With roughly 75% of Singapore families expected to qualify for the improved housing licenses, analysts consider the new steps not just fulfilled the Ministry of National Development’s (MND) aim of increasing affordability for new families to purchase HDB flats, it might also cause greater stability for the housing industry.
DBS analyst’s Derek and Rachel Tan said the changes can result to some slow bottoming and improved stability inside the HDB resale market.
In Q2 2019, the land cost index for the HDB resale market dropped 0.2 percentage quarter-on-quarter versus the 0.4 percent growth registered for properties out the central area (OCR).
“Through the years, these new modifications must arrest the decline in HDB resale costs as trades pick up as time passes,” they stated.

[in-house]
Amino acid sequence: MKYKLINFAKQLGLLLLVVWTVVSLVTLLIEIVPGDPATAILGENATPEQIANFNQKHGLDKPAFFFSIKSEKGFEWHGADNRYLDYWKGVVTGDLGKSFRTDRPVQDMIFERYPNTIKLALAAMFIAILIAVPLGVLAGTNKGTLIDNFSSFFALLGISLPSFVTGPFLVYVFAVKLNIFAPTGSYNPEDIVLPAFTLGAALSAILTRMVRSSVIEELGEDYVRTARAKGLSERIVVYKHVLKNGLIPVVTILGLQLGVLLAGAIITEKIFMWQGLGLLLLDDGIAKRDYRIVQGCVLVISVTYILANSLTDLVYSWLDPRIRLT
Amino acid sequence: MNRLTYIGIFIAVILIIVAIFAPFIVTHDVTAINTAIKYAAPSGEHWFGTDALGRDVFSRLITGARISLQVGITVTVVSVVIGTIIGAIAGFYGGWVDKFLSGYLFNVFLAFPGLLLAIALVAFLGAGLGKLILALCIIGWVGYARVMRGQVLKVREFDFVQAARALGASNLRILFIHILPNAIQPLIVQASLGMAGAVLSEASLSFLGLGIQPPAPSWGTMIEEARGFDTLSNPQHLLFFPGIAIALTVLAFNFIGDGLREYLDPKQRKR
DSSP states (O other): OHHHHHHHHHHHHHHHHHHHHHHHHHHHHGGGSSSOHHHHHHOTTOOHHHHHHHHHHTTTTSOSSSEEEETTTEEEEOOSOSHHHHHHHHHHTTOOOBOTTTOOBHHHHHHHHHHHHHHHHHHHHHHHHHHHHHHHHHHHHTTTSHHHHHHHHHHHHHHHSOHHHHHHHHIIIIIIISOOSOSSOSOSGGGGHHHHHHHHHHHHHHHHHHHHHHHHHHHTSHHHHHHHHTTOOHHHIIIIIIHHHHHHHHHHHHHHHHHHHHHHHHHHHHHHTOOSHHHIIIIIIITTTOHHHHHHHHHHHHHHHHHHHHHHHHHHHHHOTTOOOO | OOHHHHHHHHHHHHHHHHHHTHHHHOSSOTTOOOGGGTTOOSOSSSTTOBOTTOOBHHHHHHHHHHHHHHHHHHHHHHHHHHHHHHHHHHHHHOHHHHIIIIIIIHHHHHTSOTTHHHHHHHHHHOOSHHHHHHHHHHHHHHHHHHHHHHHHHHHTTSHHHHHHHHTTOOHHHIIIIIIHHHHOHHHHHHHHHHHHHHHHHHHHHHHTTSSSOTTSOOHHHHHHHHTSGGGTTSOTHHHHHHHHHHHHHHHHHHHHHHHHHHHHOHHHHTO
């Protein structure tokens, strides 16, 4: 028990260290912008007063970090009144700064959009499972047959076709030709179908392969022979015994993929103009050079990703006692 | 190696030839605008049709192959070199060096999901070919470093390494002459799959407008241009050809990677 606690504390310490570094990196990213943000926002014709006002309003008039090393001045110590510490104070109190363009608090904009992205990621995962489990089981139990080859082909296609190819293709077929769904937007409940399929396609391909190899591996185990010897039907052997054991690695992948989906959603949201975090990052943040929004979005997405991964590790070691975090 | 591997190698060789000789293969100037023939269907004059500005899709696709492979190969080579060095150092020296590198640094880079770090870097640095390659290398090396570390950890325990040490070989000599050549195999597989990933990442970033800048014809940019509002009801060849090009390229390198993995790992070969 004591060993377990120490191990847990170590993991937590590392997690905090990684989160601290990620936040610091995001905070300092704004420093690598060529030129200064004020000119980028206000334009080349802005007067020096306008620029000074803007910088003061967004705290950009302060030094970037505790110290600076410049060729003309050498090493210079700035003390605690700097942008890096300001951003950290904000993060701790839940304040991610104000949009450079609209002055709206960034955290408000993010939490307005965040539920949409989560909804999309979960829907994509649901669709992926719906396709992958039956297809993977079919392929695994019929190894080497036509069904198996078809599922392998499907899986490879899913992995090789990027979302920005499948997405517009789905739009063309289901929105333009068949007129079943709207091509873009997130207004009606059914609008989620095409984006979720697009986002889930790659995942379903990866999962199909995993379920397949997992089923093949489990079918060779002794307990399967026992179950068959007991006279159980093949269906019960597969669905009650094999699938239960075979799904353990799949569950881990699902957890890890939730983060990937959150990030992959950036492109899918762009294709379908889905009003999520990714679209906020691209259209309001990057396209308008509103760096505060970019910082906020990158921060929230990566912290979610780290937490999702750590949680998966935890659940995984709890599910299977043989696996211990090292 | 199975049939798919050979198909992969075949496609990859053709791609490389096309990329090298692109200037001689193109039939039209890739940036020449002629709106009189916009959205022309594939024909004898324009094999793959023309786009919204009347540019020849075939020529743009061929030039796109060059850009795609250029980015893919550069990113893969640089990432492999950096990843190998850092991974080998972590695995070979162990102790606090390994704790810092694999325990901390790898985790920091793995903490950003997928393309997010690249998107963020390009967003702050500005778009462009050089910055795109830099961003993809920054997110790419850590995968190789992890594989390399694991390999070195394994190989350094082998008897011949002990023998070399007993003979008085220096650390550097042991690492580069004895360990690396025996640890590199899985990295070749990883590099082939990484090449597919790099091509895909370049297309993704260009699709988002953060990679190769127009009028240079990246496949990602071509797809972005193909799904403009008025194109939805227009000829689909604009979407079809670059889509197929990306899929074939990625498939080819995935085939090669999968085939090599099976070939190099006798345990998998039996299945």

“We consider the steps are more geared towards encouraging the HDB resale market, which has witnessed some pressure recently. This is because of greater distribution and also the government’s caution that only a tiny percentage of apartments are acceptable for redevelopment, and the rest should be surrendered upon lease expiry”
But while it could help stabilise resale costs, the new steps may pull down action within the private real estate industry.
“The steps are somewhat negative for the personal property market, as a few first-time buyers can change their focus to public housing place fluctuations,” explained Vitay Natarajan of their RHB bank.
But, Natarajan doesn’t anticipate the change in demand to become substantial — in less than 5 per cent.
But while it could change volumes from the personal property market, Guha expects private developers to gain from the higher income limit for ECs.
Whilst 50 percent has been marketed, we anticipate a boost in the new steps,” said Guha.